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Rose – Pocket Herbal

Rose – Pocket Herbal

Rosa species –  Rosaceae family

In the language of flowers, also known as floriography, a gift of a red rose symbolized love. In pre-Victorian times however, this offering was more likely to find its way to the dinner table on a plate than in a vase. Traditionally, roses were grown for their nutritional and medicinal value. Apple-scented rose leaves were once brewed as a flavorful tea, soft pink rose petals colored salads and rosehips were cooked into sweet syrups children begged to sample. Roses taste as sweet as they smell. The old fashioned scented roses that have been grown organically or wild brier roses are  perfect for kitchen use.

The best part of having rose in the kitchen was its generous dose of vitamin C. Even today, pharmacies sell vitamin C tablets that boast of their rose hip content. Rose hips have more than ascorbic acid to offer; they are also high in iron. The key to assimilating iron in the body is to couple it with vitamin C. For people who battle anemia, rose hips are a treasure trove of nutrition.

Roses are valued for by aromatherapists and perfumers. Roses offer bass notes that linger in the senses long after the high notes have dissolved. Aromatherapists find rose soothing to the nervous system, an expert mender of the cracks in broken spirits.

Attar of roses is the name of the pure essential oil of rose petals. As it takes 10,000 rose petals to make one pound of attar of roses, the mixture is very expensive. Rose oil is cheaper but serves as a poor substitute as it is altered with high amounts of artificially produced phenethyl alcohol. This additive naturally occurs in many scented flowers and is of interest to biologists due to its antimicrobial properties. Phenethyl alcohol is also present in rose geranium essential oil. This offers aromatherapists an inexpensive substitute for rose attar.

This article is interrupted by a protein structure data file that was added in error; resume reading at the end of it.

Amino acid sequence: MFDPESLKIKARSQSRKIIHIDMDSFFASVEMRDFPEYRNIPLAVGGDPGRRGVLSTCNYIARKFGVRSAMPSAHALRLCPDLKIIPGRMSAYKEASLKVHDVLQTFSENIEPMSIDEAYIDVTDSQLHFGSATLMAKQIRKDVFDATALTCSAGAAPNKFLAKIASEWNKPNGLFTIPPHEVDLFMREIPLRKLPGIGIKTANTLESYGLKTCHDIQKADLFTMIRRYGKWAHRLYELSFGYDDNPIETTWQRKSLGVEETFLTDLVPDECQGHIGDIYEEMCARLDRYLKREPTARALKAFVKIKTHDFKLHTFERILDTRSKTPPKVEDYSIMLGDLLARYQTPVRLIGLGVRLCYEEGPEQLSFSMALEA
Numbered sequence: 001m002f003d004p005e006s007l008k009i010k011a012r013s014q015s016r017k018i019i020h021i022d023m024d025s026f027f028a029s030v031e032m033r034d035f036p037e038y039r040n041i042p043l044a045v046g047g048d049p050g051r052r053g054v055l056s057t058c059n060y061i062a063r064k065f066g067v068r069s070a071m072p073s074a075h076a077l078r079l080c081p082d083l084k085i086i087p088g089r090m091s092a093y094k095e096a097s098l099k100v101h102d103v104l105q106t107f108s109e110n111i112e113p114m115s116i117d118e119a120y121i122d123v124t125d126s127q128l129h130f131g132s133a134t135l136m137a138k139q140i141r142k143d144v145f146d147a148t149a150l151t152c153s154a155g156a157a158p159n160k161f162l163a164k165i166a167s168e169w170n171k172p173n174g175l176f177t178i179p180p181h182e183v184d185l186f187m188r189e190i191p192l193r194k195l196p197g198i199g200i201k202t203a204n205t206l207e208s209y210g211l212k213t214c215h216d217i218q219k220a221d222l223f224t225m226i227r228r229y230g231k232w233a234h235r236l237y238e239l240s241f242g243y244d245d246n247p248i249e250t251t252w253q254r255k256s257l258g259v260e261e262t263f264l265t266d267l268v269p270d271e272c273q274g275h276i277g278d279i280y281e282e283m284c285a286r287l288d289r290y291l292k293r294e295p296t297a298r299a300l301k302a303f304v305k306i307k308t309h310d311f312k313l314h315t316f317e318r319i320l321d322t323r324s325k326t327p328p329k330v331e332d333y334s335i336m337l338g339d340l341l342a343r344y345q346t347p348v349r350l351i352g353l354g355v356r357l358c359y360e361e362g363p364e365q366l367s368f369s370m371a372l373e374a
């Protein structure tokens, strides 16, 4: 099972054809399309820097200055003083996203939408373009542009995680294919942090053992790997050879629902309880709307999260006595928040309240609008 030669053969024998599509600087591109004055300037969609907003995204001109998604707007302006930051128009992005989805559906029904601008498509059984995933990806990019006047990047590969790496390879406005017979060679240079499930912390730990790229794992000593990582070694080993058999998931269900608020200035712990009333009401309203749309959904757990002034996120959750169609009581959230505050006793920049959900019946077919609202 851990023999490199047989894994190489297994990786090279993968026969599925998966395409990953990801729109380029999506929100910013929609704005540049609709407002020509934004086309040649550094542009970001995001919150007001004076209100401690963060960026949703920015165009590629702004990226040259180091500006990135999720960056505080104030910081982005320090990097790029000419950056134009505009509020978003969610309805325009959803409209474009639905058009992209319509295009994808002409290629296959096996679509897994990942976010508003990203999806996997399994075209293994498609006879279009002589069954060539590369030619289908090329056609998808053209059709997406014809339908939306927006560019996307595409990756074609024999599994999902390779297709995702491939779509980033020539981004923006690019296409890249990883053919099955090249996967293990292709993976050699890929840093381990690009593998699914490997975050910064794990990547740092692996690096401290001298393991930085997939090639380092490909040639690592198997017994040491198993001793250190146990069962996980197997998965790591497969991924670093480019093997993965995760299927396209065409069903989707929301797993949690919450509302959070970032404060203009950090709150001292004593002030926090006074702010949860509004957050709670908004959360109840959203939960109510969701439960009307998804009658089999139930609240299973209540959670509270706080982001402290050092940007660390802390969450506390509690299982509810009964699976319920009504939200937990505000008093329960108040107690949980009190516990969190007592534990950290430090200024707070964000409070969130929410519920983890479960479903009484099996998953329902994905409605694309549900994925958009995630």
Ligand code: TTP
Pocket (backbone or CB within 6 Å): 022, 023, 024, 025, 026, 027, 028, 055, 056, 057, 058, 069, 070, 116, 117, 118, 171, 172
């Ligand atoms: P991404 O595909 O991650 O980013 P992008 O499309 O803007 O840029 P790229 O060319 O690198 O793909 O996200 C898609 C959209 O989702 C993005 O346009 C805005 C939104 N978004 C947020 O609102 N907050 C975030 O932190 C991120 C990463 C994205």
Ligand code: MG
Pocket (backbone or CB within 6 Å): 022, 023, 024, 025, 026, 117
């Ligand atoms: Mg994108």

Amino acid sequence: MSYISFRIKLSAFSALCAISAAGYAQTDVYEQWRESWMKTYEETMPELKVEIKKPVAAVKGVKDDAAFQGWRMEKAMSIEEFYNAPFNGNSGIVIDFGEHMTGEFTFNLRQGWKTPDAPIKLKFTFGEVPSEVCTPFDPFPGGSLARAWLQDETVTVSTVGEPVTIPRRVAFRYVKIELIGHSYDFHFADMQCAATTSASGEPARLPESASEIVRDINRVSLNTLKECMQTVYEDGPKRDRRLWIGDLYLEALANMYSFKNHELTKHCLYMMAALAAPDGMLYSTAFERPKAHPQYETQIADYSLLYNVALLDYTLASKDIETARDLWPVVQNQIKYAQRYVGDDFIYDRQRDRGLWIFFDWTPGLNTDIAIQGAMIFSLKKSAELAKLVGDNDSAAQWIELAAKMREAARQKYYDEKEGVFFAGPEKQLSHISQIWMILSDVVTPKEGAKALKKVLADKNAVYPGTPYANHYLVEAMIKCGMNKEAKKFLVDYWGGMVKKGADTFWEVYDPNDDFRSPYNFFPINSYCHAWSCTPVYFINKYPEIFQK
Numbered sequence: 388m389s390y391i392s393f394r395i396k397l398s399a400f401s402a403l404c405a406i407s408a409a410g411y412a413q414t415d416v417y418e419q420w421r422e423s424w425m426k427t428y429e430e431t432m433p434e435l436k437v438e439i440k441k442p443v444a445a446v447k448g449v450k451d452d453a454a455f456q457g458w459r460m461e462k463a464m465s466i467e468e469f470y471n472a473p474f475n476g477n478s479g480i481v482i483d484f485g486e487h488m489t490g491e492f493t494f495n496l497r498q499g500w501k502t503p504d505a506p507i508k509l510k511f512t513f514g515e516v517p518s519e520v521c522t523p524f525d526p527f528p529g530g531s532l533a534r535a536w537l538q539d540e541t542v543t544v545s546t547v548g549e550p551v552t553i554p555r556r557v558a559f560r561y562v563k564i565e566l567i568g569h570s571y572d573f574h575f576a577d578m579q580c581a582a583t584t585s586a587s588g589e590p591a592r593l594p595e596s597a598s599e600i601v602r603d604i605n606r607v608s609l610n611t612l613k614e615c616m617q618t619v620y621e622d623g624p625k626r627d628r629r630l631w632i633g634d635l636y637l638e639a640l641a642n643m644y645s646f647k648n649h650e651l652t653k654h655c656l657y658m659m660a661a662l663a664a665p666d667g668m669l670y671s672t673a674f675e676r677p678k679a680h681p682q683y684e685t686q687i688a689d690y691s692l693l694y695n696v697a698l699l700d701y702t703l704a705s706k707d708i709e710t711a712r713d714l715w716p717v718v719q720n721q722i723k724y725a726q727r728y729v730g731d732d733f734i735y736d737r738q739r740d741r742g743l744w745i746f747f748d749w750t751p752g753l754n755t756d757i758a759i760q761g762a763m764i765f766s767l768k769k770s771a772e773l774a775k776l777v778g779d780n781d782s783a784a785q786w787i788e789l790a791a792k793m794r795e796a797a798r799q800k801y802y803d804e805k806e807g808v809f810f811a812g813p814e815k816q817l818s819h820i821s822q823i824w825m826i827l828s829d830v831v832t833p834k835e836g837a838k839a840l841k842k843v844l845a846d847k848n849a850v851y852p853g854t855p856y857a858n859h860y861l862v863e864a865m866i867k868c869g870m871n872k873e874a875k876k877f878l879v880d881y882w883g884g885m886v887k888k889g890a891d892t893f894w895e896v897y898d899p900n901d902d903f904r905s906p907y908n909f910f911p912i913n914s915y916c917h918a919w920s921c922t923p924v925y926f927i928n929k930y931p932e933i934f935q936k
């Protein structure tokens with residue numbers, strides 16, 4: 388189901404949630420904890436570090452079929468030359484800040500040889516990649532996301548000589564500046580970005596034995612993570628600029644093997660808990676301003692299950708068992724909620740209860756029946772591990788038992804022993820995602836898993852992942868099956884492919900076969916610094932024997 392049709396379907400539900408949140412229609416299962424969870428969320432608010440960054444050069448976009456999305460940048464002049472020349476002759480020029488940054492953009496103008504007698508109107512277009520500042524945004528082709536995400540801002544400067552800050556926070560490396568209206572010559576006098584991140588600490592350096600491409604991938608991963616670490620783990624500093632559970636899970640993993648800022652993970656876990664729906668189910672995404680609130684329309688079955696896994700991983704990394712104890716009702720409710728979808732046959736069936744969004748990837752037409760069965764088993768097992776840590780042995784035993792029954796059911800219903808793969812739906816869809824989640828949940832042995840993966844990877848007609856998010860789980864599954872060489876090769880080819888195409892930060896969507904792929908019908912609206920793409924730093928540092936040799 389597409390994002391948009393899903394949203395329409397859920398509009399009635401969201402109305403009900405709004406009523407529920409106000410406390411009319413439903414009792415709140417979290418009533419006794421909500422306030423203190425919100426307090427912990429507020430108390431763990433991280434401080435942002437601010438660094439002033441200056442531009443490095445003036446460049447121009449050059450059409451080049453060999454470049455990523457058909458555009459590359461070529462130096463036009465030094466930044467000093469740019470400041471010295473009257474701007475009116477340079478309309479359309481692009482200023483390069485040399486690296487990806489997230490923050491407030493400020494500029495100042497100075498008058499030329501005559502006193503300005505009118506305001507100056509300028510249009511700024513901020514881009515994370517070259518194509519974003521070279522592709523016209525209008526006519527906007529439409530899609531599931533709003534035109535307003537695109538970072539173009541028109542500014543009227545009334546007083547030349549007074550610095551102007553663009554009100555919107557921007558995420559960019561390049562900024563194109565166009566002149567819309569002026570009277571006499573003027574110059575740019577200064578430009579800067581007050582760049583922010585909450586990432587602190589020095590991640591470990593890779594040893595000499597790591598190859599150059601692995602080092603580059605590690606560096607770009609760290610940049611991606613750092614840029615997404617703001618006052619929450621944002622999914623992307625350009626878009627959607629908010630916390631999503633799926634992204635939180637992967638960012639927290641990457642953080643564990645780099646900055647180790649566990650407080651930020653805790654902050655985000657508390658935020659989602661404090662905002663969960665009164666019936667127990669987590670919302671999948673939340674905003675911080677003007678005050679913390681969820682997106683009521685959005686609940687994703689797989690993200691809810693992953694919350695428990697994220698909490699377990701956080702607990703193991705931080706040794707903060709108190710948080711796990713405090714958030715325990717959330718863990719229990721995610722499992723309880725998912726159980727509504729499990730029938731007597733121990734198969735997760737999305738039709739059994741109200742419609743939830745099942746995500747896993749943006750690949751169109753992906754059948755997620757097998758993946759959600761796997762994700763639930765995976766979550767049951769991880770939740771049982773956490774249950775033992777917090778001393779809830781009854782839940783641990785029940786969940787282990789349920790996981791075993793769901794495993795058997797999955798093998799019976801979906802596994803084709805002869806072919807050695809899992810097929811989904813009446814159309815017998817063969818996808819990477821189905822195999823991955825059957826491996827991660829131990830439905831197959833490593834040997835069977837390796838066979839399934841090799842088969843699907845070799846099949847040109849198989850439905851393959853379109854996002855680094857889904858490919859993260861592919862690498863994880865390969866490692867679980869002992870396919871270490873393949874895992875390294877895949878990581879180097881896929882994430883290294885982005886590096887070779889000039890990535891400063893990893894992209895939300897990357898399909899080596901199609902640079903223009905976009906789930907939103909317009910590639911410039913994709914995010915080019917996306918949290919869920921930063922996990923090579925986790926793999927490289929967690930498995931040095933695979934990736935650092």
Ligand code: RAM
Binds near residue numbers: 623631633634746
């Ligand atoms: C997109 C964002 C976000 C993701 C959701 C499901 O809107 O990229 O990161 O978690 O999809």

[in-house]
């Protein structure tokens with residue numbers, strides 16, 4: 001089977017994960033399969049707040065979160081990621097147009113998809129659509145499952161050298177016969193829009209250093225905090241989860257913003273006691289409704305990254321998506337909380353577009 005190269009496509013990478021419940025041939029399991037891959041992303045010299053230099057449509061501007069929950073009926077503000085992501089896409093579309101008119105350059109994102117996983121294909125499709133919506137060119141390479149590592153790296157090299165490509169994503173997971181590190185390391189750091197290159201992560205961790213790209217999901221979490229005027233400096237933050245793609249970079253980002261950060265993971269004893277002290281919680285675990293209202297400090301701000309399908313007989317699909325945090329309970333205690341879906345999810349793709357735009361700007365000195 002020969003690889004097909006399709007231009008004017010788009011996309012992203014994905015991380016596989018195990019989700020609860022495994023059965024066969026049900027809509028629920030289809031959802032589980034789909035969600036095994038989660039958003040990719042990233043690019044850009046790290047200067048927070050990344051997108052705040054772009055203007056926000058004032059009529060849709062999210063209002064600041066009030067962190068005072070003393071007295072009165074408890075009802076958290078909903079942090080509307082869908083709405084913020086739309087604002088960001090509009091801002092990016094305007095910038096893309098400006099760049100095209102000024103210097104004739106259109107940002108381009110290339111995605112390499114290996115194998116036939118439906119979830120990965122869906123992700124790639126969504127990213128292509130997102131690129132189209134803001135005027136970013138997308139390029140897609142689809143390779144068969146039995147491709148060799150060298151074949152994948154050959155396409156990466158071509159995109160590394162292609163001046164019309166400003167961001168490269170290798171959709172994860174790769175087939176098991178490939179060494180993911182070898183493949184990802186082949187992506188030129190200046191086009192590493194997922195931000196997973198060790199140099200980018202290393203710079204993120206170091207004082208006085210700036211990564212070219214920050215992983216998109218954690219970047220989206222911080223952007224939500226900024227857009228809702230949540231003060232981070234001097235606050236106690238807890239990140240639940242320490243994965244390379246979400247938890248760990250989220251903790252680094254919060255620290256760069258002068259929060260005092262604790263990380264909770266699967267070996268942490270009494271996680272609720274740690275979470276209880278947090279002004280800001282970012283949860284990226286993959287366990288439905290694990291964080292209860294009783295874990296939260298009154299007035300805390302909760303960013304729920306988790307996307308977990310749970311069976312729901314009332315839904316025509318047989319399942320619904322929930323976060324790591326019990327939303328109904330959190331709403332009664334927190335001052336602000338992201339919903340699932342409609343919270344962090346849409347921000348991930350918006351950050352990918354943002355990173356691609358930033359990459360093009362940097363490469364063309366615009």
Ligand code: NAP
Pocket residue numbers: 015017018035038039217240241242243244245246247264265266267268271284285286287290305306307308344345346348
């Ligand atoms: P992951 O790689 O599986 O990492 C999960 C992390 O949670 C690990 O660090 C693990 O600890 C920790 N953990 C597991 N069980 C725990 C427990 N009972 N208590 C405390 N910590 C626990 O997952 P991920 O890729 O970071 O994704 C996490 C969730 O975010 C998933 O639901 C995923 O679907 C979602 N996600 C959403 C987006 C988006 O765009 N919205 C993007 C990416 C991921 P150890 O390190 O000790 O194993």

Roses are famous for lifting spirits and mending alliances. The heady scent of its flowers have stirred the dreams of the lovelorn for centuries. Knowing how good roses are for the body may add another layer of meaning to this gift from a suitor. The long stemmed rose can be interpreted as symbolic for the feeling of love and wishes of good health.

Sue Sierralupe

Sue Sierralupé is a Certified Master Herbalist, Master Gardener and Sustainable Landscape Specialist. She is the clinic manager and lead herbalist at Occupy Medical clinic. Sue is author of The Pocket Herbal: Medicinal Plants that Changed the World and co-author of The Practical Herbalist Herbal Folios series. Follow her blog at Herbalism Manifesto for commentary on herbs, parenting, nutrition and a whole lot more.


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